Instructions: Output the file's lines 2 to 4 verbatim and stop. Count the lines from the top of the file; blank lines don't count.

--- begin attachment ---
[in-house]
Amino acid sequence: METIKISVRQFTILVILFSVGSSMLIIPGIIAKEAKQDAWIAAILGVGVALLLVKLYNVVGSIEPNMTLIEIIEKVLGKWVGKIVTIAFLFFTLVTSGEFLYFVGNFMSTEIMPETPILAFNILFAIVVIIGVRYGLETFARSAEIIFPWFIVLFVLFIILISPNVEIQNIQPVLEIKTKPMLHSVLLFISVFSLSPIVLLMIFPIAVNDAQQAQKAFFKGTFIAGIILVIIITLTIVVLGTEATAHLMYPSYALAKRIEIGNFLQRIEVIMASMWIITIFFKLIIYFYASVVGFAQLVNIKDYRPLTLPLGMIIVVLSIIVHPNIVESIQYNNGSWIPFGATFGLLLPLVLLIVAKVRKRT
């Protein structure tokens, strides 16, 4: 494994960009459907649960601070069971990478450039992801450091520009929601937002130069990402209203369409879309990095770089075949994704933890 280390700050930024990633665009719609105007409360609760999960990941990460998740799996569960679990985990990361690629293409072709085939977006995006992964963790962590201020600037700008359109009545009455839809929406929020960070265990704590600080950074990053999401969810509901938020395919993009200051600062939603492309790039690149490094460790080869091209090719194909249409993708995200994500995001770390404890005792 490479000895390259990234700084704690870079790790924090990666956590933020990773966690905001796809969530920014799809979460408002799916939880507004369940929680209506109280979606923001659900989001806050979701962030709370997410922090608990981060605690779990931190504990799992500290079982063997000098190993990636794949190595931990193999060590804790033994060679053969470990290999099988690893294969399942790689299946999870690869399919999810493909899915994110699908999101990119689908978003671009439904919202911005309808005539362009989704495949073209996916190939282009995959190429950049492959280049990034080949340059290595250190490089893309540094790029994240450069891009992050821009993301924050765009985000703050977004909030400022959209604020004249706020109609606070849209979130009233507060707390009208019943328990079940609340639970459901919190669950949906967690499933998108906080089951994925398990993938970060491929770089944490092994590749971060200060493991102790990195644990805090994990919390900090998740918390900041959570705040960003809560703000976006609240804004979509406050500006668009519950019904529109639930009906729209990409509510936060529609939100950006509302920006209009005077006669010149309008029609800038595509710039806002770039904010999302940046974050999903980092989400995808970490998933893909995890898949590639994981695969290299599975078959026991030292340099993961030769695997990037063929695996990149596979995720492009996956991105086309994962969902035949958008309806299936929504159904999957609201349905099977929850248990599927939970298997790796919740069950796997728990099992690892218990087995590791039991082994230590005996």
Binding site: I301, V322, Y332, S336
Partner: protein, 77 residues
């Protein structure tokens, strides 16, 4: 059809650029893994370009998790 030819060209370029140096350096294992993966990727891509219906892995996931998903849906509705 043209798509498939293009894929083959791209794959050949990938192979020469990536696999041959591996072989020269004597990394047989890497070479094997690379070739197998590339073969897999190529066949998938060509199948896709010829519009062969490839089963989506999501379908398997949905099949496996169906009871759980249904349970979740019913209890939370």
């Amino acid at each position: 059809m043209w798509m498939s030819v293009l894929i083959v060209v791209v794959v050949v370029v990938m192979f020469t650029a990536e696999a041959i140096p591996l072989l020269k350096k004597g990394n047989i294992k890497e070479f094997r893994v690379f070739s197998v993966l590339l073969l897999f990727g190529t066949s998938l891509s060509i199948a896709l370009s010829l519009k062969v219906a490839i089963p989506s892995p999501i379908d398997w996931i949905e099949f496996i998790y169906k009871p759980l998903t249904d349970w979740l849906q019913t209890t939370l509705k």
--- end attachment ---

Amino acid sequence: METIKISVRQFTILVILFSVGSSMLIIPGIIAKEAKQDAWIAAILGVGVALLLVKLYNVVGSIEPNMTLIEIIEKVLGKWVGKIVTIAFLFFTLVTSGEFLYFVGNFMSTEIMPETPILAFNILFAIVVIIGVRYGLETFARSAEIIFPWFIVLFVLFIILISPNVEIQNIQPVLEIKTKPMLHSVLLFISVFSLSPIVLLMIFPIAVNDAQQAQKAFFKGTFIAGIILVIIITLTIVVLGTEATAHLMYPSYALAKRIEIGNFLQRIEVIMASMWIITIFFKLIIYFYASVVGFAQLVNIKDYRPLTLPLGMIIVVLSIIVHPNIVESIQYNNGSWIPFGATFGLLLPLVLLIVAKVRKRT
């Protein structure tokens, strides 16, 4: 494994960009459907649960601070069971990478450039992801450091520009929601937002130069990402209203369409879309990095770089075949994704933890 280390700050930024990633665009719609105007409360609760999960990941990460998740799996569960679990985990990361690629293409072709085939977006995006992964963790962590201020600037700008359109009545009455839809929406929020960070265990704590600080950074990053999401969810509901938020395919993009200051600062939603492309790039690149490094460790080869091209090719194909249409993708995200994500995001770390404890005792 490479000895390259990234700084704690870079790790924090990666956590933020990773966690905001796809969530920014799809979460408002799916939880507004369940929680209506109280979606923001659900989001806050979701962030709370997410922090608990981060605690779990931190504990799992500290079982063997000098190993990636794949190595931990193999060590804790033994060679053969470990290999099988690893294969399942790689299946999870690869399919999810493909899915994110699908999101990119689908978003671009439904919202911005309808005539362009989704495949073209996916190939282009995959190429950049492959280049990034080949340059290595250190490089893309540094790029994240450069891009992050821009993301924050765009985000703050977004909030400022959209604020004249706020109609606070849209979130009233507060707390009208019943328990079940609340639970459901919190669950949906967690499933998108906080089951994925398990993938970060491929770089944490092994590749971060200060493991102790990195644990805090994990919390900090998740918390900041959570705040960003809560703000976006609240804004979509406050500006668009519950019904529109639930009906729209990409509510936060529609939100950006509302920006209009005077006669010149309008029609800038595509710039806002770039904010999302940046974050999903980092989400995808970490998933893909995890898949590639994981695969290299599975078959026991030292340099993961030769695997990037063929695996990149596979995720492009996956991105086309994962969902035949958008309806299936929504159904999957609201349905099977929850248990599927939970298997790796919740069950796997728990099992690892218990087995590791039991082994230590005996």
Binding site: I301, V322, Y332, S336